Canadian military spending is in the spotlight again, but this time by the international community (maybe we’ll talk F-35’s later). The government is being heavily scrutinized for continued cuts to defence spending in the wake of recent and sustained military tensions between the NATO allies and Russia. A lot of the controversy involves NATO spending targets: 2% of the country’s Gross Domestic Product (GDP). So let’s run a few numbers:
In 2013 Canada’s GDP was $1,821 Billion. 2% of the GDP in 2013 would give the Department of National Defence (DND) a yearly budget of approximately $36.4 Billion. That’s the kind of money that makes generals and admirals salivate (to say nothing of the number of Timbits it would buy at the popular Canadian coffee shop Tim Hortons), but that level of spending hasn’t been part of the Canadian consciousness since the Cold War. DND’s budget for 2013 was planned at approximately $18.3 Billion, or just over 1% of the GDP (Note: this was prior to cuts from the government’s 2012 budget re-plan, which reduced military spending in the short term in favour of deferred spending in the future). This breakdown is all well and good, but what does it really mean? To most of us non-financial types the distinction of 1% may be lost, but raw numbers show the reality: $18 Billion per year.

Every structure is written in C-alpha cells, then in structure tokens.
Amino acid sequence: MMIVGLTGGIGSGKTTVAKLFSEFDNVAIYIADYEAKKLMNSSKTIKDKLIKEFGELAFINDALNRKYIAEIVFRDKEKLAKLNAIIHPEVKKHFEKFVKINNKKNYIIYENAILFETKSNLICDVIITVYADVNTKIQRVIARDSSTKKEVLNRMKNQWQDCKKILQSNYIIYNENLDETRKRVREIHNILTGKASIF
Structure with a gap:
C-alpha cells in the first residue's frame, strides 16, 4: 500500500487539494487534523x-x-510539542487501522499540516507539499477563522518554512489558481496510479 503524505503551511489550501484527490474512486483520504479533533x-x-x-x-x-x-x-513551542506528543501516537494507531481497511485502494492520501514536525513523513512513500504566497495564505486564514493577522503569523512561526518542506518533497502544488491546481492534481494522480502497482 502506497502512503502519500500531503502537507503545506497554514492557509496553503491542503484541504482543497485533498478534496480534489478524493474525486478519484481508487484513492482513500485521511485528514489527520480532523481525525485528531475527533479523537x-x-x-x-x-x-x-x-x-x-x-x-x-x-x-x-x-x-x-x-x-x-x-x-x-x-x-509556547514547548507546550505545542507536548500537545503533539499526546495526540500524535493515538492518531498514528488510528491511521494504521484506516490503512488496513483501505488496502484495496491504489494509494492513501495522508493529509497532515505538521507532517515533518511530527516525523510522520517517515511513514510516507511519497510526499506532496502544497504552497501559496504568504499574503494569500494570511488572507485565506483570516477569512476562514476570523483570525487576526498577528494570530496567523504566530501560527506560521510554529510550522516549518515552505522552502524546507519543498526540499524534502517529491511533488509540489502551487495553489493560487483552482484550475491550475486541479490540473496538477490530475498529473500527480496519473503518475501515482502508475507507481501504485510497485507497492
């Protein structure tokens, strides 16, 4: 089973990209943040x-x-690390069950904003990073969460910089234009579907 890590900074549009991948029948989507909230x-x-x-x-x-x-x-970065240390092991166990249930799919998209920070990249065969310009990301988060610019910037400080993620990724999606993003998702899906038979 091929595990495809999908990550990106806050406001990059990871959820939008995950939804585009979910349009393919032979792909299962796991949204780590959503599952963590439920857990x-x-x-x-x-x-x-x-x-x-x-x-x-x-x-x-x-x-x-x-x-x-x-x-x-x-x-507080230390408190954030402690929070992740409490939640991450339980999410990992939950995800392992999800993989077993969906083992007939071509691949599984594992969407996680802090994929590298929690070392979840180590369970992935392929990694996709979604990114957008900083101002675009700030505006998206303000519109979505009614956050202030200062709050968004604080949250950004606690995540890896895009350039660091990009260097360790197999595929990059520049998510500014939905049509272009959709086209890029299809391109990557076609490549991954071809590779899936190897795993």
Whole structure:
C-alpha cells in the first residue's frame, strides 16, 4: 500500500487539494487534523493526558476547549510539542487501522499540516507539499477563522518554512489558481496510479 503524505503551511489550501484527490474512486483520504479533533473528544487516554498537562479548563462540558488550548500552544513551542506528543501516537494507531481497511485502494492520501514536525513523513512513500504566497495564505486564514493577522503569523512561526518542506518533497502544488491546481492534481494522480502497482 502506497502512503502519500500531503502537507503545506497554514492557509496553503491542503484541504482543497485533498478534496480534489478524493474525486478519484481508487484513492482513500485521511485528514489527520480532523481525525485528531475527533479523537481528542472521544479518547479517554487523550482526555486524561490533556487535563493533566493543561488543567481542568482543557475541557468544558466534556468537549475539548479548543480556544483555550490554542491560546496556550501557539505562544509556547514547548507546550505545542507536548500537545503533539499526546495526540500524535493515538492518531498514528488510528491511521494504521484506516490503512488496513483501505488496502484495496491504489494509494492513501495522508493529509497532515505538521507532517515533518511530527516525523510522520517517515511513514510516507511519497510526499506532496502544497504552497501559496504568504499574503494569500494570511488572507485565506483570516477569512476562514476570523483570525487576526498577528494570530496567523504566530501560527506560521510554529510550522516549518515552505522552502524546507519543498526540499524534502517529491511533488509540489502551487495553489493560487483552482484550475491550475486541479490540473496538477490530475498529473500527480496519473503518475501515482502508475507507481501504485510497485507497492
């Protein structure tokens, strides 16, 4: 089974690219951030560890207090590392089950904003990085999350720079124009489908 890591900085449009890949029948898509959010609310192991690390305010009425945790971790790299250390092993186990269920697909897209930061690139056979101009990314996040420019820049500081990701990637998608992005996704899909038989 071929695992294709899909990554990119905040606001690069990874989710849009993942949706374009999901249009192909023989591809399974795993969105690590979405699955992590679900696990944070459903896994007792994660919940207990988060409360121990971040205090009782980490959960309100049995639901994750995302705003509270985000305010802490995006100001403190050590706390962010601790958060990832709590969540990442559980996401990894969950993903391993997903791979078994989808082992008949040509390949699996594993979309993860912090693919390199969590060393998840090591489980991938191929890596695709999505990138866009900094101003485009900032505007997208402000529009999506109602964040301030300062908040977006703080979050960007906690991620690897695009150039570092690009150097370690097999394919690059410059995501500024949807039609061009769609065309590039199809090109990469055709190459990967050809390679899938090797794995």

When most people think of increased military spending, they get visions of tanks and planes, guns and ammo, futuristic exoskeletons and DARPA mad-science projects, but the truth is far less Spielberg:
As we can see, “Equipment Acquisition and Disposal” accounts for ~16% of the annual budget. If the current “mix” of spending is maintained (i.e. 16% of the budget going to Acquisitions) and Canada adhered to the NATO defence spending guidelines, there would be an approximate increase of $2.9 Billion per year for new Acquisitions (and yes, disposals; maybe we would finally be able to burn those antiquated Canadian Ranger Lee Enfields). This means an injection of nearly $3 Billion into a stagnating Canadian military procurement system (the last major procurement announcement in my memory was the LAV III upgrades in 2012, though feel free to correct me if I’m mistaken). That 1% could just be what we 99%ers need to revitalize an industry exhausted from broken acquisition promises and mismanaged procurements.
This money could be used to sustain the Canadian shipbuilding capability, expand on an aviation sector which depends on American investment, and even to provide much needed sustenance to a battered Canadian technology sector. In short, this money could be used to provide the tanks, planes, guns, and ammo that our Forces require in order to be effective 21st century combatants. And in the end, who knows, there may even be enough money left over for Rob Nicholson to procure his staff some Timbits.
Canada, Germany derail NATO bid to raise military spending targets
Trading Economics: Canada GDP
National Defence and the Canadian Armed Forces: Department of National Defence – Reports on Plans and Priorities 2013-14